Words for Well-Wishers

Posted on 17. Apr, 2014 by in Conversation, Traditions, Vocabulary

If you find a firkløver in Scandinavia, you’re bound to have lots of luck! (Thanks to Ole Husby at Flickr: https://www.flickr.com/photos/khianti/7438725780/in/photolist-bByAEb-ckkp9f-ckkq1L-6PGSsG [Creative Commons Licence])

If you find a firkløver in Scandinavia, you’re bound to have lots of luck! (Thanks to Ole Husby at Flickr: https://www.flickr.com/photos/khianti/7438725780/in/photolist-bByAEb-ckkp9f-ckkq1L-6PGSsG [Creative Commons Licence])

Sometimes we use sproget (the language) as a trylleformular (magical formula). Når nogen nyser (when someone’s sneezing), most Danes will automatically react by saying prosit! [PROSS-it]. In some strange way the little word changes the air, making the sneezer feel better. Below are a handful of other expressions used in order to wish somebody well:

Skål! [skawl] when you’re drinking beer (remember to se den anden ind i øjnene – look the other person into his eyes).

Held og lykke! (literally ”luck and luck!”) is the thing to say to your friend who’s going to a challenging interview. You can also add jeg krydser fingrene for dig (I cross the fingers for you) – in that case, you should remember to actually cross your fingers! Who knows, maybe it really bringer held (does bring luck). Læg langfingeren over pegefingeren. (Put your middle finger across your index finger.)

Pøj pøj! [poy poy] is yet another way of saying ”break a leg”! It is used quite often.

• If somebody’s ill, a nice thing to say is god bedring! (good improvement!). It is the equivalent of saying ”I hope you’ll be better soon”. Depending on the situation, you could perhaps also say jeg håber du snart bliver rask! (I hope you get well soon!) or even op med humøret! (cheer up!, literally ”up with the mood!”).

• There are many ways you can cheer on someone, including kom så! (come on!) and sådan! [saw-DAN] (that’s IT!). Many Danes mix in bits of English when cheering – if their teammate is called Søren, for example, they’ll chant ”go Søren!” (or maybe Danify it by ”gå Søren!”).

• It is not compulsory to wish your guests a good meal in Denmark (like you do when saying bon appétit in English). If you feel like it, though, you could always go for a velbekomme [VELbekom]. (If someone says it to you, remember to reply with tak!)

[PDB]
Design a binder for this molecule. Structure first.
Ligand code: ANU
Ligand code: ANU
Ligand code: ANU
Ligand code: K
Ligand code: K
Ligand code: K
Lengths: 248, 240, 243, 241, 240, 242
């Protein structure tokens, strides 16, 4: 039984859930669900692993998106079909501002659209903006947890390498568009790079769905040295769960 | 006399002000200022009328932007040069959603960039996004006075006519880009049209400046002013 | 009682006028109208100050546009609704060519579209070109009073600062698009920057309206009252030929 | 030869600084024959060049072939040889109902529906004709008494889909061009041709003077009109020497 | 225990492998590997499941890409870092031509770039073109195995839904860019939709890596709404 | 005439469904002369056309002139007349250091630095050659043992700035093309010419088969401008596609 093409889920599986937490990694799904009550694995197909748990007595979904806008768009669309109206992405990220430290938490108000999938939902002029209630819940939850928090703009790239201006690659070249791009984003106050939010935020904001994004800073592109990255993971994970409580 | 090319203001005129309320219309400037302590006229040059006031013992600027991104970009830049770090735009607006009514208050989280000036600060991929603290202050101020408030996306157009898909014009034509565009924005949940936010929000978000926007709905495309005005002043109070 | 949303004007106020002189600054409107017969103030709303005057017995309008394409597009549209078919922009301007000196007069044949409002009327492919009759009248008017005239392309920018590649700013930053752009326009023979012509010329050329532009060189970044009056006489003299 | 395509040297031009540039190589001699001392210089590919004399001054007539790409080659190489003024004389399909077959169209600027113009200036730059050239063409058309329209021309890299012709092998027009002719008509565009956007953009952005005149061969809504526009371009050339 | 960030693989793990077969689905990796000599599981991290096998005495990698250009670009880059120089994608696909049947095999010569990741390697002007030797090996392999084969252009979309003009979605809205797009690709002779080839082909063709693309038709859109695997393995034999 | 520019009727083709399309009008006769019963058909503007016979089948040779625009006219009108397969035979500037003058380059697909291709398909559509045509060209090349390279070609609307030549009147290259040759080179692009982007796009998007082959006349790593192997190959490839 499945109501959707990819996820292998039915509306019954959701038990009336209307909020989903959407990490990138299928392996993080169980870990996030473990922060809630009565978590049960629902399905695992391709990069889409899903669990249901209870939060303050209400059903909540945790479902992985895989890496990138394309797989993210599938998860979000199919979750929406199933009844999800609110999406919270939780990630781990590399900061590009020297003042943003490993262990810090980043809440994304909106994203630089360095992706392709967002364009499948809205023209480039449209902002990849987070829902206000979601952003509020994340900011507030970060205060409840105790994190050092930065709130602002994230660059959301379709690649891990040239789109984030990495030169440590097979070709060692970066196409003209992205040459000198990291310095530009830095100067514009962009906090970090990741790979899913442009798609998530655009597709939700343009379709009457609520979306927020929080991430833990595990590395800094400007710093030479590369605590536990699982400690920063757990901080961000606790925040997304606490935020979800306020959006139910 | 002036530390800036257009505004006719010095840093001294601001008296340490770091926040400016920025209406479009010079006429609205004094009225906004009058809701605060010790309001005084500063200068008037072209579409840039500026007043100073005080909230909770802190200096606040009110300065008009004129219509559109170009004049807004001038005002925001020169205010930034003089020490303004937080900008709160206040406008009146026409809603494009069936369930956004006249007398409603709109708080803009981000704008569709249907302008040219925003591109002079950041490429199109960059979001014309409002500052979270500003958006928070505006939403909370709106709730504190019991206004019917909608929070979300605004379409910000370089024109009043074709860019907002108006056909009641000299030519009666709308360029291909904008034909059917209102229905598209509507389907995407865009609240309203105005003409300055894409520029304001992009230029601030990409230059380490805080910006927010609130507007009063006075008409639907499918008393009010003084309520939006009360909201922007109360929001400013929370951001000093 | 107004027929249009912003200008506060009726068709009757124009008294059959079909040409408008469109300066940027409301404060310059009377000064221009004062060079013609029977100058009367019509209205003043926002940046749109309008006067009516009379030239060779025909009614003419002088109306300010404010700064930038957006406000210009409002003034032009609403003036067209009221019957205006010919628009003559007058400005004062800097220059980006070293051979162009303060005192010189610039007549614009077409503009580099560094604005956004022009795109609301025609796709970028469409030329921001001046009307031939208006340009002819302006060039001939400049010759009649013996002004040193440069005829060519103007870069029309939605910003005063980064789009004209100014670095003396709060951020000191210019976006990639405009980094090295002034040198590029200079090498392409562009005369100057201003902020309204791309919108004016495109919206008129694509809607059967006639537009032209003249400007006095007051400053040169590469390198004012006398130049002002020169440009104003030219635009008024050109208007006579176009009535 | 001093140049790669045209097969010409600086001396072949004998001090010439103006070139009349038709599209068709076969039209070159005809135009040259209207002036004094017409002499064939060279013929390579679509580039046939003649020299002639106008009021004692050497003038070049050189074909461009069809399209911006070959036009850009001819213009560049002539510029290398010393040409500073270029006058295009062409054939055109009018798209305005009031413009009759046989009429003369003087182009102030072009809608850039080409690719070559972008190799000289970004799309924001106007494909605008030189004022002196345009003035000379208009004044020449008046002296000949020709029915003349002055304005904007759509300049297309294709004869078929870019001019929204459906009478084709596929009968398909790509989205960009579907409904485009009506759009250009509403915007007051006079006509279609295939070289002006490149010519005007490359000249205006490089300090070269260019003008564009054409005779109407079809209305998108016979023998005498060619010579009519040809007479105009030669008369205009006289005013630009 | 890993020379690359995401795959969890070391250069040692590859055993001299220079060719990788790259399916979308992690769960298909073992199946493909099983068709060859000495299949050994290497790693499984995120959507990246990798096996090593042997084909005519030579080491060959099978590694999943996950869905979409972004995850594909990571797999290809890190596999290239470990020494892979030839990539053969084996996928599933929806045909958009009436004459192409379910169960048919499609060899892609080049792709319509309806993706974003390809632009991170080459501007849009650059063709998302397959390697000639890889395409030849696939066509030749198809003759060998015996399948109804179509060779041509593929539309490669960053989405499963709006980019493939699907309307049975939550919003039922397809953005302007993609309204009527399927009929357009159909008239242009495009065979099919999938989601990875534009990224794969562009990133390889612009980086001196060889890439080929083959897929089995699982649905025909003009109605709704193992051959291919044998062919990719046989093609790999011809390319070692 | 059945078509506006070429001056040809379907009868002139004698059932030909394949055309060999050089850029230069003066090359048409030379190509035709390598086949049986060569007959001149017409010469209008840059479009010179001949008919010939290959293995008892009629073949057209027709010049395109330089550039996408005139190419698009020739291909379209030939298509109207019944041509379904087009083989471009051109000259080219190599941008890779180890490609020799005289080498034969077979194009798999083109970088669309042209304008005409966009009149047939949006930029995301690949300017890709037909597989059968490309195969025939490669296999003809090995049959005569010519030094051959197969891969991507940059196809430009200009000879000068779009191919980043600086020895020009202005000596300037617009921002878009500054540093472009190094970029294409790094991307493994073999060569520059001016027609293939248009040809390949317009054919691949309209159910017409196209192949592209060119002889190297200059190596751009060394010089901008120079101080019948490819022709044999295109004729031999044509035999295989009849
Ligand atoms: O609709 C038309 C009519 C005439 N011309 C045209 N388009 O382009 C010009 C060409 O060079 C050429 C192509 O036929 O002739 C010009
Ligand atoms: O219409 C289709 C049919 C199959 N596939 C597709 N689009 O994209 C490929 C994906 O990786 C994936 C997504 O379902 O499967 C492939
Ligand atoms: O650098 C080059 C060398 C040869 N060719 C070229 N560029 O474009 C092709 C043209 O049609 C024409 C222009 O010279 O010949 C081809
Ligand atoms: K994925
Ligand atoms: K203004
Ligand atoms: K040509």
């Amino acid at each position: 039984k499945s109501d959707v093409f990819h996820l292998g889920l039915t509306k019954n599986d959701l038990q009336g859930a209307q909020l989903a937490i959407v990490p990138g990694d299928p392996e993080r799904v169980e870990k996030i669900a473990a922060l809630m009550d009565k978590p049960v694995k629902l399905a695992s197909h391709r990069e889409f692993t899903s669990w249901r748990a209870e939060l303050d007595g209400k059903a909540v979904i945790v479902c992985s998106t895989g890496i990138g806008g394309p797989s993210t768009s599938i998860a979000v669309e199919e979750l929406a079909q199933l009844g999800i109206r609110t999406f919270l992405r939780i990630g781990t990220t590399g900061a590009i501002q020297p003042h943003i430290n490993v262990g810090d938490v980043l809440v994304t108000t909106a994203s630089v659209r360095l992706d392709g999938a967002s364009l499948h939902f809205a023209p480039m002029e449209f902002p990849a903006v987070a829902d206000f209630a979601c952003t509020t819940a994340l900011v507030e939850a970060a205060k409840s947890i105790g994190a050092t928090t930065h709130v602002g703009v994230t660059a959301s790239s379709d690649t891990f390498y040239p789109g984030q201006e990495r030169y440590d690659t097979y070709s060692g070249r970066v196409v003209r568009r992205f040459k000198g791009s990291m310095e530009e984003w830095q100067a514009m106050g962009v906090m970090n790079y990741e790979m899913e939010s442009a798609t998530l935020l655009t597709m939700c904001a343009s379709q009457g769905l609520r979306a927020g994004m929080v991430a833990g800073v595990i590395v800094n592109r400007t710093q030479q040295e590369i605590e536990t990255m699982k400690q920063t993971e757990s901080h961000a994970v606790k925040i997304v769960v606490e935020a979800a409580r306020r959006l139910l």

• When a friend leaves, you can show some extra attention with the words kom godt hjem! [kom got yem] (”may you get well back home”) or god rejse! [goth RISE-eh] (bon voyage!) if she’s going far.

• Many shop assistants like to take leave of their customers with the words hav en god dag! (have a nice day).

• When somebody wishes you well, it’s easy to return the favour: Tak, i lige måde! (Thanks, the same to you!)

God arbejdslyst! (Happy working/studying!)

The Thousand Joys of Spring

Posted on 31. Mar, 2014 by in Nature

Spring has come to Denmark, and even indoor fanatics can’t help noticing that leaves are sprouting and flowers opening… The boring winter country has been magically transformed into a wonderful garden. Knowing the names of some of the most typical blomster (flowers) and træer (trees) will never be as relevant as right now:

Vintergækker.

Vintergækker.

Vintergækker (snowdrops, literally ”winter jesters”) are some of the very first flowers to appear on the græsplæner (grass lawns).

Next in line are the violet/yellow/white krokus (crocus) and the yellow erantis (winter aconite).

Bøgen (the beech) is Denmark’s national træ (tree). It’s mentioned in the country’s national anthem, ”Der er et yndigt land” (”There is a lovely country”), in the lines:

Vort gamle Danmark skal bestå

så længe bøgen spejler

sin top i bølgen blå

 

Our old Denmark will remain

as long as the beech mirrors

its top in the blue wave

Indeed, walking (or running!) in a skov (forest) full of nyudsprungne bøge (beeches with new leaves) is one of the most refreshing things you can do in Denmark. The blade (leaves) can be eaten as salad while they’re still lysegrøn (light green).

Nyudsprungne bøgetræer. New beech leaves in a Danish forest.

Nyudsprungne bøgetræer. New beech leaves in a Danish forest.

Mellem bøgene (between the beeches), på skovbunden (on the forest floor), you may be lucky to see the lovely, star-shaped anemoner (anemones). 99 % of them are hvid (white), but in a few places you can catch a glimpse of a blå anemone (blue anemone).